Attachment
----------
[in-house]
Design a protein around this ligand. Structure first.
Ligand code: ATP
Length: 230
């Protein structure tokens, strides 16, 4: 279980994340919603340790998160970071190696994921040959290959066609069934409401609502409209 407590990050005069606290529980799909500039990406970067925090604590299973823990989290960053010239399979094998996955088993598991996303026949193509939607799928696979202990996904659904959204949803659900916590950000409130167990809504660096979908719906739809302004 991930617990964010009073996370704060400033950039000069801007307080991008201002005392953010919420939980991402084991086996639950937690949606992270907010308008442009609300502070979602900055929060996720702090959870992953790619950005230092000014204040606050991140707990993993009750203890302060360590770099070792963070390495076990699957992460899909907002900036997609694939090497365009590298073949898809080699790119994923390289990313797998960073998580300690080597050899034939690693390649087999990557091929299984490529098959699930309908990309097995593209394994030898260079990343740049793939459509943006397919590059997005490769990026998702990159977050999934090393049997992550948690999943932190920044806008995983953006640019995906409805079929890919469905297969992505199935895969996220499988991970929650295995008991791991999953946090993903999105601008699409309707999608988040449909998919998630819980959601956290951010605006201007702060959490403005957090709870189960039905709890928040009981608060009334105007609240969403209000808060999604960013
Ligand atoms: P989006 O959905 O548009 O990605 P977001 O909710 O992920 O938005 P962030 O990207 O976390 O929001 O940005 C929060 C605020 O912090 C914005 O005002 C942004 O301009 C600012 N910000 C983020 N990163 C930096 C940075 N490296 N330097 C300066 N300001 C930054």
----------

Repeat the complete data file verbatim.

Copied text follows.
[in-house]
Design a protein around this ligand. Structure first.
Ligand code: ATP
Length: 230
């Protein structure tokens, strides 16, 4: 279980994340919603340790998160970071190696994921040959290959066609069934409401609502409209 407590990050005069606290529980799909500039990406970067925090604590299973823990989290960053010239399979094998996955088993598991996303026949193509939607799928696979202990996904659904959204949803659900916590950000409130167990809504660096979908719906739809302004 991930617990964010009073996370704060400033950039000069801007307080991008201002005392953010919420939980991402084991086996639950937690949606992270907010308008442009609300502070979602900055929060996720702090959870992953790619950005230092000014204040606050991140707990993993009750203890302060360590770099070792963070390495076990699957992460899909907002900036997609694939090497365009590298073949898809080699790119994923390289990313797998960073998580300690080597050899034939690693390649087999990557091929299984490529098959699930309908990309097995593209394994030898260079990343740049793939459509943006397919590059997005490769990026998702990159977050999934090393049997992550948690999943932190920044806008995983953006640019995906409805079929890919469905297969992505199935895969996220499988991970929650295995008991791991999953946090993903999105601008699409309707999608988040449909998919998630819980959601956290951010605006201007702060959490403005957090709870189960039905709890928040009981608060009334105007609240969403209000808060999604960013
Ligand atoms: P989006 O959905 O548009 O990605 P977001 O909710 O992920 O938005 P962030 O990207 O976390 O929001 O940005 C929060 C605020 O912090 C914005 O005002 C942004 O301009 C600012 N910000 C983020 N990163 C930096 C940075 N490296 N330097 C300066 N300001 C930054």